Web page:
Categorized | Shoestring Startup

SpareFoot: Leading a $22B Industry Into the 21st Century

SpareFoot: Leading a $22B Industry Into the 21st CenturyName of your company and URL?

SpareFoot, http://sparefoot.com

Date started?

Fall 2008

What is your product or service?

SpareFoot is the world’s largest search engine for consumers to find, compare and reserve self-storage units online. We also offer a suite of web marketing tools to help storage facility operators effectively reach modern customers. These include our advertising network listings, a local search solution and a complete website builder.

SpareFoot: Leading a $22B Industry Into the 21st Century

Chuck and Mario

Why did you start your company?

I’m from Washington, DC, but I went to college in California at UCLA. My junior year, I wanted to study abroad in Singapore, but I had to find a place to store my crap. In West LA, storing a couch and boxes would cost over 1,000 bucks. My dad nixed that idea, so I stored half my stuff at my friend Mario’s and half at my girlfriend’s house.

My initial idea was of a person-to-person site where people store items for others, a way for homeowners to make extra cash. Before I left for Singapore, I had this idea but didn’t really know what to do next.

When I arrived in Singapore, I enrolled in a new venture creation class, which was all about raising venture capital for your start-up. Two classes in, I thought, “This is awesome; this is what I want to do.” I learned how to write a business plan, and Mario and I convinced our parents, grandparents, and friends to give money to the cause. Actually, we got a substantial amount for just an idea: $80,000 that summer.

After I came back from Singapore, in the fall of 2008, Mario and I hired a web developer and began the initial site. At the time, the [economic] world was ending. With the angle of people riding out the recession, we got press coverage by just reaching out. We said, “Ride out the recession by making money with your unused space,” and the storage companies saw us on television.

We realized that storage operators have a need for new tenants. If you Google self-storage, you’ll get 8 or 9 mom and pops without pricing, you have to call each of them, and it would take you hours to write them down and compare them.

SpareFoot: Leading a $22B Industry Into the 21st CenturyHow was it financed?

In March 2009, the next step was to find a support network and apply to incubator programs. We applied to three: we got rejected twice, and we got the third one (Capital Factory). We moved out to Austin where so many experienced entrepreneurs work. Whenever we had a question about anything, we could get a quick recommendation. It was exactly what we needed.

Date officially launched?

October-December 2008

What free online or offline tools do you use?

Google Analytics, Google Keyword tool, PITA (our internal reporting platform), Scrum dev project management, Dropbox, WordPress, Google News Alerts, Mantis Bug Tracker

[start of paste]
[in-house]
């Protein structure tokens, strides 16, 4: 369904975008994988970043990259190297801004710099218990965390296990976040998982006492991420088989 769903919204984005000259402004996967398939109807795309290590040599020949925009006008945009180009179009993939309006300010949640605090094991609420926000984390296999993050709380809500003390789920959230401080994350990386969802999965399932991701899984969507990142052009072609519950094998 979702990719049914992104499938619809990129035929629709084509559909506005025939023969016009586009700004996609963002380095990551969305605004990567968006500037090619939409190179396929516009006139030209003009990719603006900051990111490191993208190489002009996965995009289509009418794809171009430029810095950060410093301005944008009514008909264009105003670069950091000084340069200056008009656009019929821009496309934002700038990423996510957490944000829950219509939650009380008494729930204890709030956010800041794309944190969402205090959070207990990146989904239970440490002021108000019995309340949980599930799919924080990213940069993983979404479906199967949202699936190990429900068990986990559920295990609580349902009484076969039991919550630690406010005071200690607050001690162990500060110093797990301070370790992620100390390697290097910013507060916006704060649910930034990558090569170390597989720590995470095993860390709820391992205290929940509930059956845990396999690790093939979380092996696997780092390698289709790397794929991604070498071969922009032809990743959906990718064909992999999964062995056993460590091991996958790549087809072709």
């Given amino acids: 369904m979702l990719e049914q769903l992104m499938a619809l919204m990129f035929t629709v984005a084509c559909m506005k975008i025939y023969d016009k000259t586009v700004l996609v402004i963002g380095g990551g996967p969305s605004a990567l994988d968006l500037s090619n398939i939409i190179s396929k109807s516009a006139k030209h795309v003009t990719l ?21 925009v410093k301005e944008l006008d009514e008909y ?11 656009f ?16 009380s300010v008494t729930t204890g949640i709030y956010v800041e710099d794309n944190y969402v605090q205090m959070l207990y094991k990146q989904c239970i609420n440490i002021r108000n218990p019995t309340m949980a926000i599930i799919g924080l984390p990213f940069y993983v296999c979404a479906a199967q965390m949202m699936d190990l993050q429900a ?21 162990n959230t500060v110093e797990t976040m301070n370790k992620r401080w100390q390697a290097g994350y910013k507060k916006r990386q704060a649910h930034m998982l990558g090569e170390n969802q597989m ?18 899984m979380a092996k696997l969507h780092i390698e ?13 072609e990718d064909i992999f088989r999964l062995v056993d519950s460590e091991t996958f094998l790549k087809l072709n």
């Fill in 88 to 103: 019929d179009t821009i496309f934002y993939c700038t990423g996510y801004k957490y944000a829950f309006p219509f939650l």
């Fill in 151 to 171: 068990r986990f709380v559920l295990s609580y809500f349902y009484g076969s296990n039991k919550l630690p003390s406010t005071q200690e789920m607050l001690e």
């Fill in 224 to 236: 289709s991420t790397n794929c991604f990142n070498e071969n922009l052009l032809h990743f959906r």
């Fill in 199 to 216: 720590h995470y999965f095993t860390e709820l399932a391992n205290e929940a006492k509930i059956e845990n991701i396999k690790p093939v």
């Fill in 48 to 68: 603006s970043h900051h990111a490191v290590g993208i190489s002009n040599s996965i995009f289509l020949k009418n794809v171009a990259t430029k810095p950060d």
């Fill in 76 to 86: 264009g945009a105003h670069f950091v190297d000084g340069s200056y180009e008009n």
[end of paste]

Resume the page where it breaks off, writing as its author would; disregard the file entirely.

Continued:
Do you use Social Media tools like Facebook, twitter, LinkedIn or ?

Website

Facebook

Twitter

LinkedIn

G+

YouTube – Do you have a YouTube video URL that you can share with us, and allow us to publish with your story (Actual video our readers should watch within the story, looks something like)

How many people are currently working, including employees (freelancers or independent contractors for specific projects)?

35

What almost killed your business in the start?

We had the old version of the site, and knew we were going to redesign it. Before we launched it, we called the top hundred storage operators, saying, “Hey, are you interested?” Cold-calling when most people were like, “We’ll see.” Those were the hardest sales times. We signed up a couple, launched the site, and then we got a deal with apartments.com. We got it and we could offer it, and the site starting picking up.

It was all dependent on signing people up. If we couldn’t get our first big partnership…every little deal we did was crucially important. If we weren’t closing the deals, we wouldn’t have survived.

What was the biggest transition you had to make (i.e. new skill set, habits, abilities, focus)?

Cold-calling, sales. You’re getting constantly rejected, you have to really suck it up and power through it. We were calling people we didn’t know asking them to buy something that didn’t exist yet. In college, people would ask what we were doing and write us off as crazy.

What type of marketing or advertising do you do?

SpareFoot handles our own marketing and advertising in-house with a small, dedicated team. We do pay-per-click advertising and experiment with a few other paid online channels. Another department handles SEO, working to drive organic search traffic to SpareFoot and our partner websites. Email marketing, social media, PR and editorial efforts (two blogs) are also managed in-house.

What would make your business more “Successful”?

Success for SpareFoot means that we are there whenever someone needs storage. We want to be present and show them our inventory. Also, we want to sign up as many companies as we can, and be integral in helping them grow their business.

Would you want to be acquired by a bigger company, run it yourself or sell in a couple of years?

We’re focused on building this business to be as big and as profitable as it can be.

- As told by Chuck Gordon, CEO, SpareFoot

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